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By Jacquie Lee
Unions and corporations are often at odds with one another: From overtime rules to minimum wage, the two typically take opposing sides on big-picture issues.
But a rally last week provides a window into how unions and corporations can play nice. They are part of a coalition in Philadelphia that’s fighting a 1.5 cent-per-ounce tax on sugary drinks.
“A lot of people would normally think ‘Why would working class people—truck drivers and grocery store stock people—be working with a corporation?’” William Dermody, vice president of media for the American Beverage Association, told Bloomberg Law. “It’s because of the nature of this tax. This tax targets working class people most of all.”
Colloquially, Philadelphians call it the “soda tax.” Advocates say it funds government programs and encourages shoppers to cut down on unhealthy sugary beverages. Critics say it hurts small businesses, leads to job loss, and is targeted at poor consumers, who typically drink more soda.
Soda taxes have sprung up in six other cities across the U.S., including Seattle, Boulder, Colo., San Francisco, and three other California municipalities.
Collaboration between big business and workers is not new, but the soda tax is the most recent highlight of the hot-and-cold relationship between organized labor and corporations. That relationship is made even more complicated by the fact that not all labor unions oppose this tax.
Locals of the Service Employees International Union have been staunchly supportive of soda taxes. They typically represent public sector workers whose paychecks are funded by tax revenue.
“Unions have always been pragmatic in joining with management in promoting the kinds of conditions that allow their members to prosper,” Francis Ryan, a professor at Rutgers University, said. He specializes in the history of organized labor in the U.S.
For example, in the 1960s Teamsters joined beer brewers in Philadelphia to fight increased taxes on alcohol, Ryan said. Now, the Teamsters are pairing up with the American Beverage Association in anti-soda-tax coalitions across the country, including Ax the Tax in Philadelphia, Dermody said.
On the surface, the collaboration makes perfect sense, Ryan said. A blow to soda sales means soda industry workers, who are largely represented by the Teamsters, lose their jobs. And lower sales mean less profit for soda companies.
But for public sector employees, higher local taxes mean more dough to fund their jobs.
“Our members supported the sweetened beverage tax because it supports the services they provide,” John Kohlhepp, the political director for SEIU Local 73 in Illinois, told Bloomberg Law.
Local 73 is located in Cook County, which repealed its soda tax Oct. 11. The tax had been in effect for 10 weeks.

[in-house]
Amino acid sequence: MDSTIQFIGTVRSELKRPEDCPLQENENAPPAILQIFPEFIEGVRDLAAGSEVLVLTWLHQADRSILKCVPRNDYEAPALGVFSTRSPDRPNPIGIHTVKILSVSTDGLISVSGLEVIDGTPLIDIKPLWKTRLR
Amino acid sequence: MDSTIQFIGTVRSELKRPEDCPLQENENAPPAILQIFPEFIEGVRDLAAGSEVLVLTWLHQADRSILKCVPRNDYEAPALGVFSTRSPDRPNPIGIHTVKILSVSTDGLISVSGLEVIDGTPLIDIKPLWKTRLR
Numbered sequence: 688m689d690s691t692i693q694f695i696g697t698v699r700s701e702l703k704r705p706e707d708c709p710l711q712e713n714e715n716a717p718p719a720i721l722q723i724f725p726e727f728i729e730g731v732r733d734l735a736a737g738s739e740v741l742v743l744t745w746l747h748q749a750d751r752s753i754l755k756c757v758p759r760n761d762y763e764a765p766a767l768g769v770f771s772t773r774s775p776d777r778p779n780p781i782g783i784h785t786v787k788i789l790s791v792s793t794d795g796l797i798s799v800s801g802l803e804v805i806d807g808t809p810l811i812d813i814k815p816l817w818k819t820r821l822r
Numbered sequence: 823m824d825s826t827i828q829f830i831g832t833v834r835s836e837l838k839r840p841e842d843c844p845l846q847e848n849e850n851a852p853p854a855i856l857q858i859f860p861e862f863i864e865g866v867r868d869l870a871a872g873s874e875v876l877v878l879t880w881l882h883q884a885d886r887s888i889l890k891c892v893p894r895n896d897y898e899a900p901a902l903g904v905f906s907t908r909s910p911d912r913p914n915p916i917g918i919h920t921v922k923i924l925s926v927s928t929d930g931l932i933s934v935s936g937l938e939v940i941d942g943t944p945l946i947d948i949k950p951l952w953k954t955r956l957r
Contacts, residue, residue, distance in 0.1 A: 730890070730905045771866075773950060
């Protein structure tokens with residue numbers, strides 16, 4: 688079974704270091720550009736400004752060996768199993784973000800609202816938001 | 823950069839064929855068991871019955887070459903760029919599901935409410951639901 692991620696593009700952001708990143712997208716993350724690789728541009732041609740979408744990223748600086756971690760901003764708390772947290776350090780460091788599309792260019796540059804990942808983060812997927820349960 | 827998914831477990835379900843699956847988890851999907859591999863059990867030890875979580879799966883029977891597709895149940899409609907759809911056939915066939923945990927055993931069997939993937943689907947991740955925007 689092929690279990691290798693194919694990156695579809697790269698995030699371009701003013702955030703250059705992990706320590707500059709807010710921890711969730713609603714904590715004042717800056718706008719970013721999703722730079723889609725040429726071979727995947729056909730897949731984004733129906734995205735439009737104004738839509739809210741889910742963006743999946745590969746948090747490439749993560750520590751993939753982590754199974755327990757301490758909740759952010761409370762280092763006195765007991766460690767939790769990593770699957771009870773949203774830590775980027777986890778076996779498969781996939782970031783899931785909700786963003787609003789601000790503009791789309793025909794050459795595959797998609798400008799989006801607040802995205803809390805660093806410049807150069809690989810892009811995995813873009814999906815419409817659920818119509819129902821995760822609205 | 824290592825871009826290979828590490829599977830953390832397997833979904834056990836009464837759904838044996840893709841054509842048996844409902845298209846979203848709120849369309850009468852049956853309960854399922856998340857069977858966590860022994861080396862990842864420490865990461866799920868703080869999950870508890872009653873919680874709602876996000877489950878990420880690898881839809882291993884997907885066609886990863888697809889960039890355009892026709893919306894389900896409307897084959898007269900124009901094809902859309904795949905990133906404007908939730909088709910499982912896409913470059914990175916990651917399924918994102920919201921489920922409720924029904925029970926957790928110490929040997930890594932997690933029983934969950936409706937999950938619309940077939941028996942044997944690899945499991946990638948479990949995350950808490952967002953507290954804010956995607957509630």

Local officials received immediate backlash for passing the tax from restaurant heads, small business owners, and soda tycoons.
“They couldn’t walk their districts without being confronted about this tax,” Dermody from the Beverage Association said.
Former New York Mayor Michael Bloomberg, a long-time critic of the health effects of sweetened beverages, invested in political messaging supporting the Cook County tax. Bloomberg is the founder of the financial data and media company Bloomberg L.P. Bloomberg Law is an affiliate of Bloomberg L.P.
Cook County will continue to collect the soda tax through November and is scrambling to fill a new budget hole. Local 73 is anticipating job losses now that the tax has been repealed. Government officials are meeting throughout the week to determine which areas of the budget will be cut, Kohlhepp said.
“Those cuts lead to layoffs, forced early retirement and service cuts,” particularly in the county’s judicial and health-care systems, Kohlhepp said.
Meanwhile, more than 150 jobs have been lost in Philadelphia because drivers and other workers in the soda industry have been laid off, Daniel Grace, the secretary treasurer of Teamsters Local 830, told Bloomberg Law. Coke, Pepsi, and Canada Dry told the local that those job cuts are a direct result of the tax, he said. Local 830 membership declined by about 150 as well.
“The effects of this tax are devastating,” Grace said.
But the beverage tax highlights a difference between traditional unions, like the Teamsters, and unions that brand themselves as progressive, like the SEIU, Ryan from Rutgers said.
“The Teamsters represent a classic kind of Business Unionism, one that understands the role of unions as advancing and defending the economic interests of its members on the job, period,” Ryan wrote.
For example, not all Teamsters locals are opposed to the tax because different locals have different needs. Teamsters Local 700 represents public sector workers who benefited from the tax money. It supported the legislation when it was first proposed in 2016.
“Other unions, like the SEIU represent a kind of Social Justice Unionism, which sees the role of unions as advocating for their members, but also in forming coalitions with other groups to advance broader community interests,” Ryan said.
SEIU locals support the soda tax because it benefits their members as well, Ryan said. But the government programs that taxes like this fund—like pre-K in Philadelphia or general health and nutrition efforts in other cities—are important factors in their support, he said.
“SEIU is a progressive organization.” Kohlhepp from Local 73 said. “We support services that help everyday people and working families cope. We support the services which working families use.”
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